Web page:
Canadian scientists present new research findings at Pacifichem 2000

December 16, 2000

Papers are embargoed until date and time of presentation.

Click here for Abstract 1, here for Abstract 2, and here for Abstract 3.

HONOLULU - The latest research from Canadian scientists will be presented at the 2000 International Chemical Congress of Pacific Basin Societies, December 14-19, 2000.

The weeklong scientific meeting, held once every five years, is hosted by the American Chemical Society, in conjunction with its counterparts in Australia, Canada, Japan and New Zealand.

Canadian chemists will present new medical findings on topics including (papers are embargoed for release until date and time of presentation):

Chronic pain - As part of an ongoing search for better drugs for pain, researchers in Canada are developing a class of drugs (nonpeptidic opioid receptor agonists) that could have fewer side effects and a lower potential for abuse. At least one appears promising as an oral drug for the treatment of chronic pain. (MEDI 12, 8:45 a.m., Thursday, Dec. 14)

Hepatitis C - Hepatitis C virus (HCV), a major disease worldwide, has no known cure. But researchers are developing potent, highly specific inhibitors of HCV protease, an enzyme involved in the maturation of the virus, that may lead to effective treatments of the disease. (MEDI 557, 1:35 p.m., Friday, Dec. 15)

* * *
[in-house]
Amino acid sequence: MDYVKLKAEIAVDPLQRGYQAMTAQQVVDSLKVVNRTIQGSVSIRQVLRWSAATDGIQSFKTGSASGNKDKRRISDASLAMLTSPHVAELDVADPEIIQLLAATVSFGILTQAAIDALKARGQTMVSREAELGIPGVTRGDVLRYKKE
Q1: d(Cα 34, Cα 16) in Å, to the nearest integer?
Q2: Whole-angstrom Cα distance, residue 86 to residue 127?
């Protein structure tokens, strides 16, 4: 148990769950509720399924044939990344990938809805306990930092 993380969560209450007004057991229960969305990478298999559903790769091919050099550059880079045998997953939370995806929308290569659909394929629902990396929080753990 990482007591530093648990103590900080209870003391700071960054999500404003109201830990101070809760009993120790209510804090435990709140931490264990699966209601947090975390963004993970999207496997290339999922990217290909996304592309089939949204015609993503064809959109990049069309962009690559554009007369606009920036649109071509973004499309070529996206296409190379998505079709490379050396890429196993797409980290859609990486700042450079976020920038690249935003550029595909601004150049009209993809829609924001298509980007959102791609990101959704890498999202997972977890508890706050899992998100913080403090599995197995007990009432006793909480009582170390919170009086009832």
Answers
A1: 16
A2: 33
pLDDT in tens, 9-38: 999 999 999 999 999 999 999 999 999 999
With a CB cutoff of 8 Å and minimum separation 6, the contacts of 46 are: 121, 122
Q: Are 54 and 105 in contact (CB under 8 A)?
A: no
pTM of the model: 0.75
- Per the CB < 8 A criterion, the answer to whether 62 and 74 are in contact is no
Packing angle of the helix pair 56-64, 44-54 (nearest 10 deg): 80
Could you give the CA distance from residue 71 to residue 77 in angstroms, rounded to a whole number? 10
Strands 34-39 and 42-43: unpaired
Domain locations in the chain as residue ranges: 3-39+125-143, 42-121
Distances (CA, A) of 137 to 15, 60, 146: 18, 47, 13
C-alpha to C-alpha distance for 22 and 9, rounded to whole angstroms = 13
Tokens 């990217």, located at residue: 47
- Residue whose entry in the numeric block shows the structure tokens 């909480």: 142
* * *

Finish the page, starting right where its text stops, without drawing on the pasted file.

Non-insulin dependent diabetes - Researchers have identified a promising new target for the treatment of non-insulin dependent diabetes and the prevention of obesity. The enzyme target, protein tyrosine phosphatase (PTB-1B), appears to be a key regulator of metabolism. In studies of mice put on high fat diets to induce diabetes and obesity, blocking this enzyme resulted in lean mice that were insulin sensitive. (MEDI 236, 9:20 a.m., Sunday, Dec. 17)

More than 8,000 research papers will be presented during this year's International Chemical Congress, which is sponsored jointly by the ACS, the Chemical Society of Japan, the Canadian Society of Chemistry, the Royal Australian Chemical Institute and the New Zealand Institute of Chemistry.
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American Chemical Society

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